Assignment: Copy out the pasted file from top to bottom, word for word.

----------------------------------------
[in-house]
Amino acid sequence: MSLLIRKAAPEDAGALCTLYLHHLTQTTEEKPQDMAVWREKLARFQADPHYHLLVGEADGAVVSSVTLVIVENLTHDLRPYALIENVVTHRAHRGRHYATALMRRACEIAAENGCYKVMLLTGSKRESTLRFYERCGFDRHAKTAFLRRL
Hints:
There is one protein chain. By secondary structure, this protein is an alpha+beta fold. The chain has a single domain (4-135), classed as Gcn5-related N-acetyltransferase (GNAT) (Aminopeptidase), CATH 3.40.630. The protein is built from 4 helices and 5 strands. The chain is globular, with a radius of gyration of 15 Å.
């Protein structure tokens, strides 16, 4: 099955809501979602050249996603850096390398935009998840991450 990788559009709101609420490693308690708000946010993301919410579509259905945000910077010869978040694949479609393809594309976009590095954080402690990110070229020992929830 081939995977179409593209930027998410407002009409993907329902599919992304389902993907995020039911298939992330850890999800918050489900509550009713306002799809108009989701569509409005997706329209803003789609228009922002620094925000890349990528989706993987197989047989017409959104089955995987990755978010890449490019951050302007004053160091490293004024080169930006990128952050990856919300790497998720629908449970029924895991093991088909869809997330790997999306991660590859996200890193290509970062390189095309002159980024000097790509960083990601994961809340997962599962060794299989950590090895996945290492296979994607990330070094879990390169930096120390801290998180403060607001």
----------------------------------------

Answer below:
[in-house]
Amino acid sequence: MSLLIRKAAPEDAGALCTLYLHHLTQTTEEKPQDMAVWREKLARFQADPHYHLLVGEADGAVVSSVTLVIVENLTHDLRPYALIENVVTHRAHRGRHYATALMRRACEIAAENGCYKVMLLTGSKRESTLRFYERCGFDRHAKTAFLRRL
Hints:
There is one protein chain. By secondary structure, this protein is an alpha+beta fold. The chain has a single domain (4-135), classed as Gcn5-related N-acetyltransferase (GNAT) (Aminopeptidase), CATH 3.40.630. The protein is built from 4 helices and 5 strands. The chain is globular, with a radius of gyration of 15 Å.
């Protein structure tokens, strides 16, 4: 099955809501979602050249996603850096390398935009998840991450 990788559009709101609420490693308690708000946010993301919410579509259905945000910077010869978040694949479609393809594309976009590095954080402690990110070229020992929830 081939995977179409593209930027998410407002009409993907329902599919992304389902993907995020039911298939992330850890999800918050489900509550009713306002799809108009989701569509409005997706329209803003789609228009922002620094925000890349990528989706993987197989047989017409959104089955995987990755978010890449490019951050302007004053160091490293004024080169930006990128952050990856919300790497998720629908449970029924895991093991088909869809997330790997999306991660590859996200890193290509970062390189095309002159980024000097790509960083990601994961809340997962599962060794299989950590090895996945290492296979994607990330070094879990390169930096120390801290998180403060607001």